IAN SWEET





ABOUT

Reciting mantras is a form of teaching — leaning into the repetition, retraining your brain, learning new realities. For Jilian Medford, it was a way to fight through her anxieties. And here, on Show Me How You Disappear, through a haze of tangled, inverted pop, her new truths push their way to the surface.

Mesmeric and kaleidoscopic, shimmering with electrified unease, Show Me How You Disappear is both an exercise in self-forgiveness and an eventual understanding of unresolved trauma. Medford’s third record as IAN SWEET unfolds at an acute juncture in her life, charting from a mental health crisis to an intensive healing process and what comes after. How do you control the thoughts that control you? What does it mean to get better? What does it mean to have a relationship with yourself?

The inklings for the record began slowly. In 2018, Medford wrote “Dumb Driver” on an acoustic guitar while living in a “hobbit hole” back house in Los Angeles. Skeletal, stripped-back versions of the undulating, amorphous “My Favorite Cloud” and “Power” emerged next. Mentally she was in a dark place. By January 2020, following increasingly severe panic attacks, Medford began a two-month intensive outpatient program, including six-hour days of therapy. It yielded an unprecedented level of self-reflection for Medford, who already plumbs the depths of her emotions for her songwriting. She took a step back from music to completely immerse herself in the program, and once she felt ready to move on at the end of February, the rest of the songs poured out of her.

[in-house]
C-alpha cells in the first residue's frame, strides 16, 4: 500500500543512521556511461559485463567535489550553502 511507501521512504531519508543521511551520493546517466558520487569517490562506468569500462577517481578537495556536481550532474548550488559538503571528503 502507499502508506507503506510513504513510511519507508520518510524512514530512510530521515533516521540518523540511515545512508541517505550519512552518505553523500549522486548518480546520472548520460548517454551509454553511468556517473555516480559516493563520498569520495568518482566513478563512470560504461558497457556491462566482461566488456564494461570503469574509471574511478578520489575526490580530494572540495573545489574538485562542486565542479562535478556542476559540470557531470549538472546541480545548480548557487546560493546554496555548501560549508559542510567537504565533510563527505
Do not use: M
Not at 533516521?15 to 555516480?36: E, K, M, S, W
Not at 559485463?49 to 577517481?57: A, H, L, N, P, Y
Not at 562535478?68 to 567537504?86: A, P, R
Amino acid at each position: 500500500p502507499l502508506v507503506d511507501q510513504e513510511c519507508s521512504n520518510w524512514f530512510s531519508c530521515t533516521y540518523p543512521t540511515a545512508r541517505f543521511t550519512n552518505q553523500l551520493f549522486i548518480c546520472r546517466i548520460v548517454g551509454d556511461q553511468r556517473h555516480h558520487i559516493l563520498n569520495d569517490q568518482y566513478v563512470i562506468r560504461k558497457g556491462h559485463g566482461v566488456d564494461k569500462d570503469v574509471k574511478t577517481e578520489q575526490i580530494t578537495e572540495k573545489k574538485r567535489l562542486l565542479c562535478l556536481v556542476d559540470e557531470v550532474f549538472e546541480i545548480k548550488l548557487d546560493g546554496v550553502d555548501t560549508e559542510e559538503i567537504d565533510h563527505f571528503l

Recorded with Andrew Sarlo (Big Thief, Empress Of), Andy Seltzer (Maggie Rogers), and Daniel Fox, among others, Medford approached this album as a curator. She handpicked the producers that fit each song, which explains the range and experimentation showcased. Medford then recruited Chris Coady to mix and tie everything together into one cohesive piece.

Dizzying and enthralling, Show Me How You Disappear is the sound of someone coming apart and putting themselves back together — the moment an old mantra, repeated into the mirror time and time again, finally clicks. To look at your reflection, and finally feel seen. 

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